The New (Commercial) Open Source: Does it Really Improve Social Welfare?
- Stephen M. Maurer, Goldman School of Public Policy, University of California, Berkeley
- Sebastian Von Engelhardt, University of Jena - Economics Department
- Goldman School of Public Policy Working Paper: GSPP10-001 (January 2010)
The number of open source (“OS”) software projects has grown exponentially for at least a decade. Unlike early open source projects, much of this growth has been funded by commercial firms that expect to earn a profit on their investment. Typically, firms do this by selling bundles that contain both OS software and proprietary goods (e.g. cell phones, applications programs) and services (custom software). We present a general two-stage Cournot model in which arbitrary numbers of competing OS and closed source (“CS”) firms decide how much software to create in Stage 1 and how many bundles to supply in Stage 2. We find that the amount of OS software delivered depends on (a) the degree of substitutability between proprietary products, (b) the number of OS and CS firms competing in the market, and (c) the savings available to OS firms from cost-sharing. However, code-sharing also guarantees that no OS firm can offer better software than any other OS firm. This suppresses quality competition between OS firms and restricts their output much as an agreement to suppress competition on quality would.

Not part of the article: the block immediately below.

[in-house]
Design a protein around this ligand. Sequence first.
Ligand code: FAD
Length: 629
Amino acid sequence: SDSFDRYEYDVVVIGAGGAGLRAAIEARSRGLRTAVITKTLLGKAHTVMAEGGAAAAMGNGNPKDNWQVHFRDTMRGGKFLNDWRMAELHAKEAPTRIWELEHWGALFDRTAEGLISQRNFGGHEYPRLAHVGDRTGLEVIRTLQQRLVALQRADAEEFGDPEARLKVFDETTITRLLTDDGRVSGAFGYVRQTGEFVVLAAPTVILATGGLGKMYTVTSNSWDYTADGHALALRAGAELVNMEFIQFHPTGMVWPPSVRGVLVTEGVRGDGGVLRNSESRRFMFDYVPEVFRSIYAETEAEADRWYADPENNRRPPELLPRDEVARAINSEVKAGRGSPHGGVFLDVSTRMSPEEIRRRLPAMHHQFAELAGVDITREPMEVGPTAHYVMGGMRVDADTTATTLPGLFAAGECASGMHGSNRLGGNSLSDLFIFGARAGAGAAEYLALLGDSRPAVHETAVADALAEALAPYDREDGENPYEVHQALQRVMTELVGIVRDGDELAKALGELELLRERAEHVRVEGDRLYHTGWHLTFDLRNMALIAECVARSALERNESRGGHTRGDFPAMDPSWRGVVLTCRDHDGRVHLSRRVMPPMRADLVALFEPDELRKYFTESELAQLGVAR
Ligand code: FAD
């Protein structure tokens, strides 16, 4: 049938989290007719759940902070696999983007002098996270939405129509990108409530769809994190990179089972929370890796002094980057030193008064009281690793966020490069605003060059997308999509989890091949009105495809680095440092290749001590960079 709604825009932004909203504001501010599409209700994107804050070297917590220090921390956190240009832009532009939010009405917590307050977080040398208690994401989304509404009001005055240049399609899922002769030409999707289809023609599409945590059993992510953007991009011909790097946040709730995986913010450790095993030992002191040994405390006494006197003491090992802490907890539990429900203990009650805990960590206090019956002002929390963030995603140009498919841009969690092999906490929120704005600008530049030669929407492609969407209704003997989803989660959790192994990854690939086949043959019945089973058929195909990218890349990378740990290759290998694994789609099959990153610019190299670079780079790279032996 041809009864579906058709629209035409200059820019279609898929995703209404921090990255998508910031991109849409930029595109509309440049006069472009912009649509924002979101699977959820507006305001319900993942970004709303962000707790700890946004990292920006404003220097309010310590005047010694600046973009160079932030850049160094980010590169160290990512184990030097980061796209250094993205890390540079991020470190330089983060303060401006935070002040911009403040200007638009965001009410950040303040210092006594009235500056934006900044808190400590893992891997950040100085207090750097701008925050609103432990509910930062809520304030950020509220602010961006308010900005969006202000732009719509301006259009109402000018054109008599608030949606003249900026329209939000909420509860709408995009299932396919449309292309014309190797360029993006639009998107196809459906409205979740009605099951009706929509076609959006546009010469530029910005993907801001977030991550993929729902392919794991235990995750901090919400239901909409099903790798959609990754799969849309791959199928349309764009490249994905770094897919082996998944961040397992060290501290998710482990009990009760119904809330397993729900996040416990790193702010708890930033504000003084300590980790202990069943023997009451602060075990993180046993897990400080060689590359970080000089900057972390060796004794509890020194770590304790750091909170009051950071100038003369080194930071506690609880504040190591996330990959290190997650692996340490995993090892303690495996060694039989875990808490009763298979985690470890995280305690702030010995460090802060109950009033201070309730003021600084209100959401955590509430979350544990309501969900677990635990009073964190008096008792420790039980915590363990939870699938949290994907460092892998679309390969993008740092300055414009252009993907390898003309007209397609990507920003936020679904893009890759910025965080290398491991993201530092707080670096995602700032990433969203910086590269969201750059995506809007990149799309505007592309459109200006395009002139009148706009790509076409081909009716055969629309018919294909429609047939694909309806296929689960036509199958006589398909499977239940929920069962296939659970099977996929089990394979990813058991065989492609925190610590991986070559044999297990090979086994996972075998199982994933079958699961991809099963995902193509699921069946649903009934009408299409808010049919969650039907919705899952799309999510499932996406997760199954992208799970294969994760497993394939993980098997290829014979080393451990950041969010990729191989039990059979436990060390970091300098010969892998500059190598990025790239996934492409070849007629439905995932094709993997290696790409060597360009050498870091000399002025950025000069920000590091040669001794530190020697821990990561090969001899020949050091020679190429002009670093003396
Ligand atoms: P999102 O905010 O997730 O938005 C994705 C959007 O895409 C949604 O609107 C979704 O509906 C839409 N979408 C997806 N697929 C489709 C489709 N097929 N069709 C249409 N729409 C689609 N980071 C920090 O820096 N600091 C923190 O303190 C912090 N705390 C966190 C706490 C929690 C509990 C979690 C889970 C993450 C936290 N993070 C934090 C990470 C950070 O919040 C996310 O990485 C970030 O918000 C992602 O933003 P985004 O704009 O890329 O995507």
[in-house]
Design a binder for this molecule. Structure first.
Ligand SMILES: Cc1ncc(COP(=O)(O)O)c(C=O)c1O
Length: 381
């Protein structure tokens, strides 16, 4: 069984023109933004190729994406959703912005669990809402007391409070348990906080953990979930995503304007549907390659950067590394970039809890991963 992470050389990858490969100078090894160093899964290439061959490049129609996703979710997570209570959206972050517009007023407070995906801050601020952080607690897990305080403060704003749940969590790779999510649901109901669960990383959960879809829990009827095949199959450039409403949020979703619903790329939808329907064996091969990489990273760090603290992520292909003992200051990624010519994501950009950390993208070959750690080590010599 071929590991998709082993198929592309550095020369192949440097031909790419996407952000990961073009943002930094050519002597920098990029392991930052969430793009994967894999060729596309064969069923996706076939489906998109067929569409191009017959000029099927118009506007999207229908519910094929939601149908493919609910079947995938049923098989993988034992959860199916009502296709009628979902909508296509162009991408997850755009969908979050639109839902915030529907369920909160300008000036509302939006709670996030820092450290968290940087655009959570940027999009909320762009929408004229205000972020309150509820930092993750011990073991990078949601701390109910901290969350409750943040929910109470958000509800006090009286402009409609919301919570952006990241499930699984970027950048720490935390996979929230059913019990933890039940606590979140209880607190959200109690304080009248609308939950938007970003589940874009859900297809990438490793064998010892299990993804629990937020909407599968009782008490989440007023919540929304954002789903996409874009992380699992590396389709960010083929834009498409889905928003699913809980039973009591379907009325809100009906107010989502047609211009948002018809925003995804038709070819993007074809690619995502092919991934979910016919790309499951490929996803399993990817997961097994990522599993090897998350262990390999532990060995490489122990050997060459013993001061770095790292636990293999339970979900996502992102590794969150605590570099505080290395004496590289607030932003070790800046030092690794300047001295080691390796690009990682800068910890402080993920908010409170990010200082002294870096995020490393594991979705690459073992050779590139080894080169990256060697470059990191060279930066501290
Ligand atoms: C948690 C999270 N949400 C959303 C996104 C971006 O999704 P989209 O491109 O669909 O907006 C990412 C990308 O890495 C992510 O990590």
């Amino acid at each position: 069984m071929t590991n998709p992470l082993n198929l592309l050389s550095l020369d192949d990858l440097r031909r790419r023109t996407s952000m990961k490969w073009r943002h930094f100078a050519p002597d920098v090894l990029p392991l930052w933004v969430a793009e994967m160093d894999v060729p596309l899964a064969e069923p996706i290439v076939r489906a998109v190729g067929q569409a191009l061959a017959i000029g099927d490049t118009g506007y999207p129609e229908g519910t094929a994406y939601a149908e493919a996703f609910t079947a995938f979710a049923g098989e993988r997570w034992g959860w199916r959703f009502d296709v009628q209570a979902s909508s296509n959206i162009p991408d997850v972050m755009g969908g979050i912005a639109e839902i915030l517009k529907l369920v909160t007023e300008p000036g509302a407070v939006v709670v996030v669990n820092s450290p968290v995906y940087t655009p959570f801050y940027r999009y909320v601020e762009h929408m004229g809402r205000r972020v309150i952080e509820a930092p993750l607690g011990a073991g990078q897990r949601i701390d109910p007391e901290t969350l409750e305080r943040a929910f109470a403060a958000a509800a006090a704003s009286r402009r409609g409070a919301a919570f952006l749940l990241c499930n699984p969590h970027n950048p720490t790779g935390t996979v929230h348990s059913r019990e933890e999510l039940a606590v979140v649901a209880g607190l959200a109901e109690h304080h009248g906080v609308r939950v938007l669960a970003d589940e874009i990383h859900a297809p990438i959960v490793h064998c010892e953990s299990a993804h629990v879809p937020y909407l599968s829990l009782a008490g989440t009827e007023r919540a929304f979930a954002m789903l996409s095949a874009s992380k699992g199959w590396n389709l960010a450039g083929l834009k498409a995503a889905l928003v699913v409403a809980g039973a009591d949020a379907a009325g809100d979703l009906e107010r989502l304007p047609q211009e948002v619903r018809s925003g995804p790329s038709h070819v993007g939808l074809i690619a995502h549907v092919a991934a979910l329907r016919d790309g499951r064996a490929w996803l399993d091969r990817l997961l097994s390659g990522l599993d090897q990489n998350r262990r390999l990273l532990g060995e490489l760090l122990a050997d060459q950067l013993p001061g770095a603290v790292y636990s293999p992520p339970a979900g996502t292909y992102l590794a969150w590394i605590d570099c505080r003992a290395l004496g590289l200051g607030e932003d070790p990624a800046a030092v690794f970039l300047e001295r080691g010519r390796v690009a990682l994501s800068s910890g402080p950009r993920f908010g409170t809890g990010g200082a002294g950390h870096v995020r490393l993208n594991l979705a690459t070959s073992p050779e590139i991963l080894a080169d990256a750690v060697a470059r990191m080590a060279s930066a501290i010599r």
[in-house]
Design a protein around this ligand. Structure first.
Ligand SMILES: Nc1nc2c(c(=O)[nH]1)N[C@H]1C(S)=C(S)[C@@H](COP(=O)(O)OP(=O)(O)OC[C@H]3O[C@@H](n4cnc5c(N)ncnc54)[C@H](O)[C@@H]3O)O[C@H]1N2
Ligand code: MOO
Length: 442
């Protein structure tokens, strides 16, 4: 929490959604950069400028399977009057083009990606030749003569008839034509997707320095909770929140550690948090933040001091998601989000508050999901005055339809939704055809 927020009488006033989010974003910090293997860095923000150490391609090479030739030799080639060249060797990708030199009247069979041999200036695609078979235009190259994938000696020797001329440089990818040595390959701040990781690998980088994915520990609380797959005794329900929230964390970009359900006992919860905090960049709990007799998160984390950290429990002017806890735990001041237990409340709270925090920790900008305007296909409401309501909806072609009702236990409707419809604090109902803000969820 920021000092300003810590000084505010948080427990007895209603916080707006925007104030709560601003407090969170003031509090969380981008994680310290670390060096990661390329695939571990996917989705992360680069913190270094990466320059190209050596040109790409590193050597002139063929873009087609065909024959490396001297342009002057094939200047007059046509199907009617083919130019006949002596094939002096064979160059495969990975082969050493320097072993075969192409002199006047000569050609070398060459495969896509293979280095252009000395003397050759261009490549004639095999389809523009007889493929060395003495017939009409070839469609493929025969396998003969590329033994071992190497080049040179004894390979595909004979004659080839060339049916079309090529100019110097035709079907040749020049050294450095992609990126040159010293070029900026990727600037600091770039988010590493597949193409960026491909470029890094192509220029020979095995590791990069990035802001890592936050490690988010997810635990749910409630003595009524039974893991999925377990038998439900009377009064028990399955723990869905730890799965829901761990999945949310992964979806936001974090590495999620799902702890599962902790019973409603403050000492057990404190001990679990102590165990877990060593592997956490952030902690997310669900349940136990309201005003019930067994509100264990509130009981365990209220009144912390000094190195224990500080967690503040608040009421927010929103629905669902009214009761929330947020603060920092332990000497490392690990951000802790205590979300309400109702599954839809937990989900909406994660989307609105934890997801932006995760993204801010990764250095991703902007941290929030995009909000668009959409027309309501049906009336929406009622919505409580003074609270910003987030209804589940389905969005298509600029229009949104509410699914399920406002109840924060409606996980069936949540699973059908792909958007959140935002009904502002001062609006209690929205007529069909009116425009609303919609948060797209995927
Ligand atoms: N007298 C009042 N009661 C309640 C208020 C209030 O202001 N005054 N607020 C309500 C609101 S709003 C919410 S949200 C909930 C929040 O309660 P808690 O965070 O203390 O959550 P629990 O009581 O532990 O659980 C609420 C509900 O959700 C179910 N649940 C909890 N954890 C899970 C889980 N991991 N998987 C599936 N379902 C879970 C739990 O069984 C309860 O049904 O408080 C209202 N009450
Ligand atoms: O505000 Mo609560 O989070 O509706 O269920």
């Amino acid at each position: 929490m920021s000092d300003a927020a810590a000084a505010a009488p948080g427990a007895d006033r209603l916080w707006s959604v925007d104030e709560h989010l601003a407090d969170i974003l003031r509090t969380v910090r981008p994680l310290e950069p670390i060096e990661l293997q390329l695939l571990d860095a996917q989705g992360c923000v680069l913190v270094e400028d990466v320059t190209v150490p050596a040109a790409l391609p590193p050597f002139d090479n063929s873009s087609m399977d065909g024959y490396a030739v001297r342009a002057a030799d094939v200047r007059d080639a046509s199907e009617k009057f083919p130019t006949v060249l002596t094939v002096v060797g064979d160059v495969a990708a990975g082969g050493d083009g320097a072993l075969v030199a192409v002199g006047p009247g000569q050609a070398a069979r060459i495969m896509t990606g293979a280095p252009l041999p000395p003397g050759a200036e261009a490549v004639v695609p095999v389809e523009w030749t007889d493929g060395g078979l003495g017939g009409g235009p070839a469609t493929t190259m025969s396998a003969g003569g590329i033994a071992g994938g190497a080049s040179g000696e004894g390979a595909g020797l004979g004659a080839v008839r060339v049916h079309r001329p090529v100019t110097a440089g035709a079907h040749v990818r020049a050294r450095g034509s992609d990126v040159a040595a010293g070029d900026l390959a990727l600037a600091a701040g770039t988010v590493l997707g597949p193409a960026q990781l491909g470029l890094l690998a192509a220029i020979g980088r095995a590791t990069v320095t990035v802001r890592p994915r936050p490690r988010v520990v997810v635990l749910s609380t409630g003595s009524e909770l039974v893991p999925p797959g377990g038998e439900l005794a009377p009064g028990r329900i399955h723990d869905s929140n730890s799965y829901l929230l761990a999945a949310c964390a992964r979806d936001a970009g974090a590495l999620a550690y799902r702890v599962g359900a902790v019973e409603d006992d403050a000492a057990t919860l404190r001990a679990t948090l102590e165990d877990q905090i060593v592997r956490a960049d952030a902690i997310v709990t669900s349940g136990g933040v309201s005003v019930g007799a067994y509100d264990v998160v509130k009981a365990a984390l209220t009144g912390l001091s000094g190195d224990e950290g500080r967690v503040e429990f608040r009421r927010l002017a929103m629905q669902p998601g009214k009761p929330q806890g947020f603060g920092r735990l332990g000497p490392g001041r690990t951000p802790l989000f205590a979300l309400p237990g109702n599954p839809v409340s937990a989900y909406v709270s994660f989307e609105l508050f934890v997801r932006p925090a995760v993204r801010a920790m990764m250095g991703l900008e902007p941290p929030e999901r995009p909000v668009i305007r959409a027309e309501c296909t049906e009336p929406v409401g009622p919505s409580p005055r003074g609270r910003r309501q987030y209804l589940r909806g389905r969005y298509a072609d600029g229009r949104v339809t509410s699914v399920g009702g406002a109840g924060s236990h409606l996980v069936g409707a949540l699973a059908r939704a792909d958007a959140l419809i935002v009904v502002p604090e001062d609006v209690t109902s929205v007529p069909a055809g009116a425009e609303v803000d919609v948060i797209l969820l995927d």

Competition from CS firms weakens this quality-cartel effect, thus mixed industries often offer higher welfare. We find that Pure-OS (Pure-CS) markets are sometimes stable against CS (OS) entry so that the required OS/CS state never occurs. Even where mixed OS/CS industries do exist, moreover, the proportion of OS firms needed to stabilize the market against entry is almost always much larger than the target ratio required to optimize welfare. We examine various policy options for addressing this imbalance with tax policy, funding of OS development, and procurement preferences. We find that the first-best solution in our model is to tax OS firms and grant tax breaks to CS firms. Conversely, government policies that fund OS development or establish procurement preferences for OS software actually increase the gap between desired and actual OS/CS ratios still further. Despite this, funding OS development can still improve welfare by boosting total (private government) OS investment above the levels that a private cartel would deliver.
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